Myrna couldn’t remember when
exactly it was Merle stopped putting his trousers on before
he plopped into “his” chair in the den. Three months ago?
Six? Closer to six, she decided. Long enough.
She was going to have to
do something about it, and soon.
Merle had plowed through
middle age, Myrna at his side, with the same stoic indifference
he’d used to get through Senior English. Retirement was
proving a different challenge.
“Did my World Weekly get
in?” Merle peered over the sagging folds under his piggish
eyes that, perversely, were still in perfect reading order,
no glasses required. He spotted the tabloid across the
room on the end table. “There it is. Get it for me, will
Myrna sighed and slipped
heavily to her feet. The tabloid was on the end table,
not six feet from his chair. When did she start bringing
him his papers and magazines? Forty years ago, she realized.
Back then, he’d come home so tired from working—why hadn’t
she ever stopped? Merle had moved off the line in seventy-five,
he’d retired in ninety-eight. When was she going to get
“Thanks, Myrna.” Merle was
deep into the checkout rag almost before he got it unfolded.
Myrna knew it was unhealthy, this fascination with those
gossip sheets. His chair looked more and more each week
like some sort of . . . of nest. The old stuffed chair
had been ready for the garage or the dump years ago, and
Merle living in it these last weeks hadn’t helped it any.
He wouldn’t let her clean up around it either, the floor
was strewn with old copies of the World Weekly News and
the Star, as well as the strange magazines he’d send off
for, all scattered about.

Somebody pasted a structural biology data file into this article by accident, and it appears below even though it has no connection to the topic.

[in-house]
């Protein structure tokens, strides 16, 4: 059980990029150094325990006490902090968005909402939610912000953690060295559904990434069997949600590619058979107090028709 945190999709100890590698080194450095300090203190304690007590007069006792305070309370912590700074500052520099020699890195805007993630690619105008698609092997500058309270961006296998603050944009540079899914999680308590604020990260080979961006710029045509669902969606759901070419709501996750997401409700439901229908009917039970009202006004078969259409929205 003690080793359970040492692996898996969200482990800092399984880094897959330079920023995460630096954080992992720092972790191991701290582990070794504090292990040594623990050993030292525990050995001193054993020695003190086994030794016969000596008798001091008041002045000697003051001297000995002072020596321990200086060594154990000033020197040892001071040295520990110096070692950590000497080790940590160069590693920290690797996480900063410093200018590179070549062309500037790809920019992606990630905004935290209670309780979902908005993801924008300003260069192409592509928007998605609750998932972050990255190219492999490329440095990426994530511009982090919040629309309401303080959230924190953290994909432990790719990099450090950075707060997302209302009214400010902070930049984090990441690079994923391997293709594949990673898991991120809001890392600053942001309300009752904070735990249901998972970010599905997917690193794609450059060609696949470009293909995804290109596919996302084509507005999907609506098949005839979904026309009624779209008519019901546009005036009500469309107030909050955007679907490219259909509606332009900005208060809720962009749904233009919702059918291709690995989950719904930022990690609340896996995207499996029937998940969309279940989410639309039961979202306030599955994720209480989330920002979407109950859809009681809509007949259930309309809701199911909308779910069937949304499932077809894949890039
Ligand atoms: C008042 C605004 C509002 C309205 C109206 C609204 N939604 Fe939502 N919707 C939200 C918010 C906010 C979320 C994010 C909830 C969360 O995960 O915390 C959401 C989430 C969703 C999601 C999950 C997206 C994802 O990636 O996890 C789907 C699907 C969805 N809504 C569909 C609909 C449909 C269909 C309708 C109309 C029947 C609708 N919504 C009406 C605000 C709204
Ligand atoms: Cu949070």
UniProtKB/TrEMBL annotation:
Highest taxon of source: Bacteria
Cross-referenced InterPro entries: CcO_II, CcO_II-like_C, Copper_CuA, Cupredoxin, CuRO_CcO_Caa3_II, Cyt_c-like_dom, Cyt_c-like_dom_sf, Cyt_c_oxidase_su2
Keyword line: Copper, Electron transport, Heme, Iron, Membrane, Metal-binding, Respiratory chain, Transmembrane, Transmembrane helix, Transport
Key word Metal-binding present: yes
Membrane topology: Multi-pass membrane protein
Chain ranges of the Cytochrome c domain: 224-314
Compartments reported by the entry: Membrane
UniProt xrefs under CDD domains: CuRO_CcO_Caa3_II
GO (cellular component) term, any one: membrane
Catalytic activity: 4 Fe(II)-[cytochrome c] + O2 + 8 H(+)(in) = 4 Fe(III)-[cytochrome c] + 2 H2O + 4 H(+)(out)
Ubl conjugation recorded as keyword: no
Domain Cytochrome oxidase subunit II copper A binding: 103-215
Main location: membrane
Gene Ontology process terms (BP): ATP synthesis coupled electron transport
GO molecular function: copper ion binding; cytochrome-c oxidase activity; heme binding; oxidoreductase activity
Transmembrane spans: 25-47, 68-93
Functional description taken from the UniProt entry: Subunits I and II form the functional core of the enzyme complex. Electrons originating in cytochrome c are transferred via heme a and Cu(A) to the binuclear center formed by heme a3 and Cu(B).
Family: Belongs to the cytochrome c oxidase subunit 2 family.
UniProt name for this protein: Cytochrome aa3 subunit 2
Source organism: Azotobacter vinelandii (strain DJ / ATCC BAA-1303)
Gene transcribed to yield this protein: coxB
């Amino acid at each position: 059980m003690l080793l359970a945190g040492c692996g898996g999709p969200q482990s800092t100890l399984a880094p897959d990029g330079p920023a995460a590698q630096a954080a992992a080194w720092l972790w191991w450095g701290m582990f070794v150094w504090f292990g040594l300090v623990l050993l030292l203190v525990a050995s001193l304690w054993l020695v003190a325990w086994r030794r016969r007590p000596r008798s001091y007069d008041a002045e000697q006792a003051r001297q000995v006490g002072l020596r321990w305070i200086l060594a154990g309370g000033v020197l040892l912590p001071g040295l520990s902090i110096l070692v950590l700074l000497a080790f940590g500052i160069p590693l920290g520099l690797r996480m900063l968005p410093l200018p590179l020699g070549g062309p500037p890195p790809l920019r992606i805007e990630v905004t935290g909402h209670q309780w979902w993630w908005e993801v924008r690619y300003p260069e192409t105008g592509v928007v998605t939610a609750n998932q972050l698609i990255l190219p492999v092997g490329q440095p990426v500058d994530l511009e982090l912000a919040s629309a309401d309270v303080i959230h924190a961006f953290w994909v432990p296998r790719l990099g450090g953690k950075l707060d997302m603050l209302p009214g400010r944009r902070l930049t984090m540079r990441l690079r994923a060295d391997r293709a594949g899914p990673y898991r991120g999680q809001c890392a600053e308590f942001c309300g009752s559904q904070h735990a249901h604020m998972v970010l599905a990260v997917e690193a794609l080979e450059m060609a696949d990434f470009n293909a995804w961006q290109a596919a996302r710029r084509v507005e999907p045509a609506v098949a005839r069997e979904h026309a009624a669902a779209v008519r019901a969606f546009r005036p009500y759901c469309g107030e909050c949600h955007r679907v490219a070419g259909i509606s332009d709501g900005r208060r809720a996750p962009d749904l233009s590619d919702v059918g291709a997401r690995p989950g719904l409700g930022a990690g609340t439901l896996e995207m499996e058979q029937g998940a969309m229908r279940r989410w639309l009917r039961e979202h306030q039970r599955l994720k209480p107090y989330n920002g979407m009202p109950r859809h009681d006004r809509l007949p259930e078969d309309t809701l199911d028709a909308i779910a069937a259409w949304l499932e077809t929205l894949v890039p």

He never left the chair
anymore that she could see, not in months and months.
He must, of course, leave it some time—to use the toilet
at least—but she hadn’t caught him at it. The rest
of the house wasn’t neat as a pin anymore, she was
slowing down some herself, but it was hospital clean
and show room ready compared to Merle’s little corner
of the house.
“Would you look at that,
Myrna!” Merle rattled his paper as if to show her,
not that he ever actually showed her anything. If she
wanted to see, she’d have to get up and look. “These
doctors here are talking about Elvis’ autopsy. Didn’t
I just last week read in this very paper how th’ King
was subsumed bodily into heaven?”
“Maybe it was one of
the others.” Myrna said.
“No I’m sure it was World
Weekly,” Merle said. “Bunch of god-damned liars. Can’t
make up their minds, and think we don’t notice. Saying
the King’s colon was five inches across and packed
full of fecal matter set up like cement. Who really
needs to know that? They also say his heart was swole
up as big as a buffalo’s. A Buffalo? He ‘us the King
of Rock-n-Roll, they could show a little respect! Why,
without him they’d be about out of business, I tell
Merle had made this assertion
to his wife before, many times, and she was tired of
it. She was tired of the World-Trash-Weekly, she was
even tired of Elvis by-god-the-King-of-Rock-n-Roll
Presley, something she would have bet money would never
happen even ten years ago.
She dipped a hand into
her knitting bag and came up with the hideous teal
sachet bag she was working on. Merle had been a good
man and a good husband—hard working and sober. Now
he was just . . .
Sitting hunched in his chair,
cradling his swollen middle while he rattled on about the
King’s intestinal blockage. He was sunk down into his chair,